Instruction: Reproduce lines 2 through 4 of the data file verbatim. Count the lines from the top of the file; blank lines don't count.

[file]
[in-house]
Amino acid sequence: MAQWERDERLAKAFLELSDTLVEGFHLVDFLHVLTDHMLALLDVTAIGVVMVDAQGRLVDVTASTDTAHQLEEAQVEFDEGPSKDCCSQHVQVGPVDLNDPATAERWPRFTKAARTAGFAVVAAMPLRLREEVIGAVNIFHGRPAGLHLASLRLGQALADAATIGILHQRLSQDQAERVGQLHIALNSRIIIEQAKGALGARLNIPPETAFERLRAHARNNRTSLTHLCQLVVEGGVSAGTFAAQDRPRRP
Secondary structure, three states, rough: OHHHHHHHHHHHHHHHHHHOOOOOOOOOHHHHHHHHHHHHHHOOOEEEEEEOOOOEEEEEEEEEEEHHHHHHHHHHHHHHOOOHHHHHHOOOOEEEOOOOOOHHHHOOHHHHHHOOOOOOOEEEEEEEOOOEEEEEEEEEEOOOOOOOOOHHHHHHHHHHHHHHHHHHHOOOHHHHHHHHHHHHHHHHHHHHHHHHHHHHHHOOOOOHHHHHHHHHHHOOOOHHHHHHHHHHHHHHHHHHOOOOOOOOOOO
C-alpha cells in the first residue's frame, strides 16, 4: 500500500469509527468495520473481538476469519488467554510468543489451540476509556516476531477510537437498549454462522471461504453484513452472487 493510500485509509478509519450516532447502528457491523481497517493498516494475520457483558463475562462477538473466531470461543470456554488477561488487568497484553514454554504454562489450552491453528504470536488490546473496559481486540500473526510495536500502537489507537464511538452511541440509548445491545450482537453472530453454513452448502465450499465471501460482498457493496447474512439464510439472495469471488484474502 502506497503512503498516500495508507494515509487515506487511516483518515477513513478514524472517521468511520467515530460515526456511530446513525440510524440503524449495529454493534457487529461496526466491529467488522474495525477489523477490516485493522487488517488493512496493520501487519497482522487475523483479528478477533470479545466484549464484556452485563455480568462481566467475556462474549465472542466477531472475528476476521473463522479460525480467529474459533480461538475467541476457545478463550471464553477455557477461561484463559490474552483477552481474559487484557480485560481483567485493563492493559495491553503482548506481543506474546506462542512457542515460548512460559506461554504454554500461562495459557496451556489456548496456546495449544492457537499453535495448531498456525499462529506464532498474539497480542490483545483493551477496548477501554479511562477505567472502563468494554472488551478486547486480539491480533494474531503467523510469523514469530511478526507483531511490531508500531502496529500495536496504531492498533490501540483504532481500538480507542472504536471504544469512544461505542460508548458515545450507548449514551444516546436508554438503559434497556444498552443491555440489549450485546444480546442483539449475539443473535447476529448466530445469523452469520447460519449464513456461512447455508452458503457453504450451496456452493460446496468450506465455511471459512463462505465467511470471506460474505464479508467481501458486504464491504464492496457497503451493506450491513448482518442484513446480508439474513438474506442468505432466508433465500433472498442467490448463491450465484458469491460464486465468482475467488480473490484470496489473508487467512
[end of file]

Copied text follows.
Amino acid sequence: MAQWERDERLAKAFLELSDTLVEGFHLVDFLHVLTDHMLALLDVTAIGVVMVDAQGRLVDVTASTDTAHQLEEAQVEFDEGPSKDCCSQHVQVGPVDLNDPATAERWPRFTKAARTAGFAVVAAMPLRLREEVIGAVNIFHGRPAGLHLASLRLGQALADAATIGILHQRLSQDQAERVGQLHIALNSRIIIEQAKGALGARLNIPPETAFERLRAHARNNRTSLTHLCQLVVEGGVSAGTFAAQDRPRRP
Secondary structure, three states, rough: OHHHHHHHHHHHHHHHHHHOOOOOOOOOHHHHHHHHHHHHHHOOOEEEEEEOOOOEEEEEEEEEEEHHHHHHHHHHHHHHOOOHHHHHHOOOOEEEOOOOOOHHHHOOHHHHHHOOOOOOOEEEEEEEOOOEEEEEEEEEEOOOOOOOOOHHHHHHHHHHHHHHHHHHHOOOHHHHHHHHHHHHHHHHHHHHHHHHHHHHHHOOOOOHHHHHHHHHHHOOOOHHHHHHHHHHHHHHHHHHOOOOOOOOOOO
C-alpha cells in the first residue's frame, strides 16, 4: 500500500469509527468495520473481538476469519488467554510468543489451540476509556516476531477510537437498549454462522471461504453484513452472487 493510500485509509478509519450516532447502528457491523481497517493498516494475520457483558463475562462477538473466531470461543470456554488477561488487568497484553514454554504454562489450552491453528504470536488490546473496559481486540500473526510495536500502537489507537464511538452511541440509548445491545450482537453472530453454513452448502465450499465471501460482498457493496447474512439464510439472495469471488484474502 502506497503512503498516500495508507494515509487515506487511516483518515477513513478514524472517521468511520467515530460515526456511530446513525440510524440503524449495529454493534457487529461496526466491529467488522474495525477489523477490516485493522487488517488493512496493520501487519497482522487475523483479528478477533470479545466484549464484556452485563455480568462481566467475556462474549465472542466477531472475528476476521473463522479460525480467529474459533480461538475467541476457545478463550471464553477455557477461561484463559490474552483477552481474559487484557480485560481483567485493563492493559495491553503482548506481543506474546506462542512457542515460548512460559506461554504454554500461562495459557496451556489456548496456546495449544492457537499453535495448531498456525499462529506464532498474539497480542490483545483493551477496548477501554479511562477505567472502563468494554472488551478486547486480539491480533494474531503467523510469523514469530511478526507483531511490531508500531502496529500495536496504531492498533490501540483504532481500538480507542472504536471504544469512544461505542460508548458515545450507548449514551444516546436508554438503559434497556444498552443491555440489549450485546444480546442483539449475539443473535447476529448466530445469523452469520447460519449464513456461512447455508452458503457453504450451496456452493460446496468450506465455511471459512463462505465467511470471506460474505464479508467481501458486504464491504464492496457497503451493506450491513448482518442484513446480508439474513438474506442468505432466508433465500433472498442467490448463491450465484458469491460464486465468482475467488480473490484470496489473508487467512